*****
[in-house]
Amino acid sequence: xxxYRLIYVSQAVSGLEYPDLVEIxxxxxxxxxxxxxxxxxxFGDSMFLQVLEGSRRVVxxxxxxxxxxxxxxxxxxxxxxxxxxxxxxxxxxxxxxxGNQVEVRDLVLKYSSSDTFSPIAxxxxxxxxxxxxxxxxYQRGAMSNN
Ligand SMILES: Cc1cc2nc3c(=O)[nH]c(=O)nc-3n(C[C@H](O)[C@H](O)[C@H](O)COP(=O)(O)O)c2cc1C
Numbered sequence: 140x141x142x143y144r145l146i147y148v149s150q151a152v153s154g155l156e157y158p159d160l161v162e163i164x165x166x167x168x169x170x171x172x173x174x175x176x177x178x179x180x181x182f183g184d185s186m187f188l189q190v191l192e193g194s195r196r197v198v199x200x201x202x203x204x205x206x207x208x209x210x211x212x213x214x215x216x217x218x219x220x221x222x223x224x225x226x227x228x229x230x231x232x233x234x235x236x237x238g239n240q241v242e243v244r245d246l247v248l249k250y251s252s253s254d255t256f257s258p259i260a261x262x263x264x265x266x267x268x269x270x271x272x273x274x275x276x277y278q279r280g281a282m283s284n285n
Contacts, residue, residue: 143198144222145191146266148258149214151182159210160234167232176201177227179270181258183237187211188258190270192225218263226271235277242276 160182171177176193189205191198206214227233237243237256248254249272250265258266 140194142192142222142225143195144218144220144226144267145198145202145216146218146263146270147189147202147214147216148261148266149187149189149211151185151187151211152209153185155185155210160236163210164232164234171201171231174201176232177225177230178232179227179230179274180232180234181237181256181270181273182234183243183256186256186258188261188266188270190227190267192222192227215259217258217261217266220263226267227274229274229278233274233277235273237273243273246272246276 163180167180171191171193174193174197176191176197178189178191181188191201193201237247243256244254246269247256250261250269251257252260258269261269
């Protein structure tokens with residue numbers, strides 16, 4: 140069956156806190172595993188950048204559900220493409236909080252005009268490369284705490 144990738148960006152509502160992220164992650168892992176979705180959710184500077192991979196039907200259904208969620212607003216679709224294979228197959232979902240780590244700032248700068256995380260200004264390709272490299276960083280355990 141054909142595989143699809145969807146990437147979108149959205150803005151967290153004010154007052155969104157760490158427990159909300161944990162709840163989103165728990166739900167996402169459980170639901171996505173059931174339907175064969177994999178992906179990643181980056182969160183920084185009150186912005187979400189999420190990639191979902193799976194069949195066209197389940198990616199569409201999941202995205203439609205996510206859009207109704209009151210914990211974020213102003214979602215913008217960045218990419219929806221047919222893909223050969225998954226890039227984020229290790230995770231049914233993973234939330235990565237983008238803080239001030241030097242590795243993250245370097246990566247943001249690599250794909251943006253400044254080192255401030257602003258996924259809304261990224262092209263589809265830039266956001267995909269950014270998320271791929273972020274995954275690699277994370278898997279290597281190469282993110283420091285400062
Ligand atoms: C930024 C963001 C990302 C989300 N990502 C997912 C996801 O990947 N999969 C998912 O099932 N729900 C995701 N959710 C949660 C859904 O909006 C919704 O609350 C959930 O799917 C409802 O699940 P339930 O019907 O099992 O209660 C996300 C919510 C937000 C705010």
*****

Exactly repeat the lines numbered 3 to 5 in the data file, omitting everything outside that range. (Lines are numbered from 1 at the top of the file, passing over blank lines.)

Ligand SMILES: Cc1cc2nc3c(=O)[nH]c(=O)nc-3n(C[C@H](O)[C@H](O)[C@H](O)COP(=O)(O)O)c2cc1C
Numbered sequence: 140x141x142x143y144r145l146i147y148v149s150q151a152v153s154g155l156e157y158p159d160l161v162e163i164x165x166x167x168x169x170x171x172x173x174x175x176x177x178x179x180x181x182f183g184d185s186m187f188l189q190v191l192e193g194s195r196r197v198v199x200x201x202x203x204x205x206x207x208x209x210x211x212x213x214x215x216x217x218x219x220x221x222x223x224x225x226x227x228x229x230x231x232x233x234x235x236x237x238g239n240q241v242e243v244r245d246l247v248l249k250y251s252s253s254d255t256f257s258p259i260a261x262x263x264x265x266x267x268x269x270x271x272x273x274x275x276x277y278q279r280g281a282m283s284n285n
Contacts, residue, residue: 143198144222145191146266148258149214151182159210160234167232176201177227179270181258183237187211188258190270192225218263226271235277242276 160182171177176193189205191198206214227233237243237256248254249272250265258266 140194142192142222142225143195144218144220144226144267145198145202145216146218146263146270147189147202147214147216148261148266149187149189149211151185151187151211152209153185155185155210160236163210164232164234171201171231174201176232177225177230178232179227179230179274180232180234181237181256181270181273182234183243183256186256186258188261188266188270190227190267192222192227215259217258217261217266220263226267227274229274229278233274233277235273237273243273246272246276 163180167180171191171193174193174197176191176197178189178191181188191201193201237247243256244254246269247256250261250269251257252260258269261269